- Jul 15, 2006
- Reaction score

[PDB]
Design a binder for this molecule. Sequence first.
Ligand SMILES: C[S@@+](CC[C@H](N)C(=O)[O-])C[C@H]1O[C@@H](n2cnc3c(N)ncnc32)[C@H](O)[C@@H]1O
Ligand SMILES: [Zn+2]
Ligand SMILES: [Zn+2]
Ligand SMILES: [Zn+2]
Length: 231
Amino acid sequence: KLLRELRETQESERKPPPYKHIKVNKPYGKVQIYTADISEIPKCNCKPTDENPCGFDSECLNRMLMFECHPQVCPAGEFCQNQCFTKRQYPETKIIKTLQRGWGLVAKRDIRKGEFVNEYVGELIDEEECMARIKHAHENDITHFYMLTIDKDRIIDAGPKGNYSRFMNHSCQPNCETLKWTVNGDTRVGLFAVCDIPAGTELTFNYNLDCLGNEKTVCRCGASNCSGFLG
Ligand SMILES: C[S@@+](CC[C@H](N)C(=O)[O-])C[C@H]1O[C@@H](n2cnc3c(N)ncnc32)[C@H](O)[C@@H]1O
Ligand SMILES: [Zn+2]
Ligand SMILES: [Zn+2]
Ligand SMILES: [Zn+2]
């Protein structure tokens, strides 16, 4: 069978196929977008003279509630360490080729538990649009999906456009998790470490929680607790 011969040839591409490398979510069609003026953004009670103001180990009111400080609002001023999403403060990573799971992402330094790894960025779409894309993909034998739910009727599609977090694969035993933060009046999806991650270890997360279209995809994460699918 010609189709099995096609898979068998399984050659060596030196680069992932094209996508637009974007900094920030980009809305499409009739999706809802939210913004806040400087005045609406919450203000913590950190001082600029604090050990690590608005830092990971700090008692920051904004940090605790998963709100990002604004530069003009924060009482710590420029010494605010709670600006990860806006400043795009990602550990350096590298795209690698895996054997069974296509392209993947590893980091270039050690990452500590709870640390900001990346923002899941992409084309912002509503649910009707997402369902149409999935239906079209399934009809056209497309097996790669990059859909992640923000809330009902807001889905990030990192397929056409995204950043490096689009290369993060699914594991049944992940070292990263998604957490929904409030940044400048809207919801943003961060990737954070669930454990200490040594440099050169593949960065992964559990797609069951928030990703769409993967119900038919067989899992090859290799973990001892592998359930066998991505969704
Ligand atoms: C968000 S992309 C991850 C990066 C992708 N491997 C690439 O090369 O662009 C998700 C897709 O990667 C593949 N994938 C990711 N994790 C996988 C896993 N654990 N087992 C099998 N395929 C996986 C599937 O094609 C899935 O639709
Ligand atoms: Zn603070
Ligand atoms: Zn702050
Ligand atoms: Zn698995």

It's a minor miracle that GLX was built at all. Yes, it is a spartan and minimalist facility, but at least it's there. Over time, if Somerville and Cambridge exert their political will, additional funding will be allocated to fill in the missing pieces (escalators, etc.).You do realize that making people feel perennially uncomfortable, unsatisfied, and angry is a particularly prevalent form of activism these days (especially among younger generations)? I do respect where it is coming from, but at the same time, don't actually agree it is optimally effective in most cases. And it has the unfortunate side effect of making all people on all sides of an issue miserable all the time. Certain 'revolutionary' situations demand that feeling comfortable be set aside. But being a revolutionary means feeling so strongly about an issue that one is willing to accept profound personal sacrifices for one's cause. I don't think many young activists (and my current role introduces me to many of such folks) even know what profound personal sacrifice is. So if we can agree that GLX is a very important, but not quite revolution-inducing, context, then I prefer a much more grounded form of activism: formulate an 80% solution, and absolutely kick butt with execution/implementation to the point where detractors and critics melt away, and the general public (95%+ of stakeholders) engage with that 80% solution and subconsciously say to themselves: "wow, this works. I am good with this. I want more of this." I think the latter is exactly what we have here. Well done.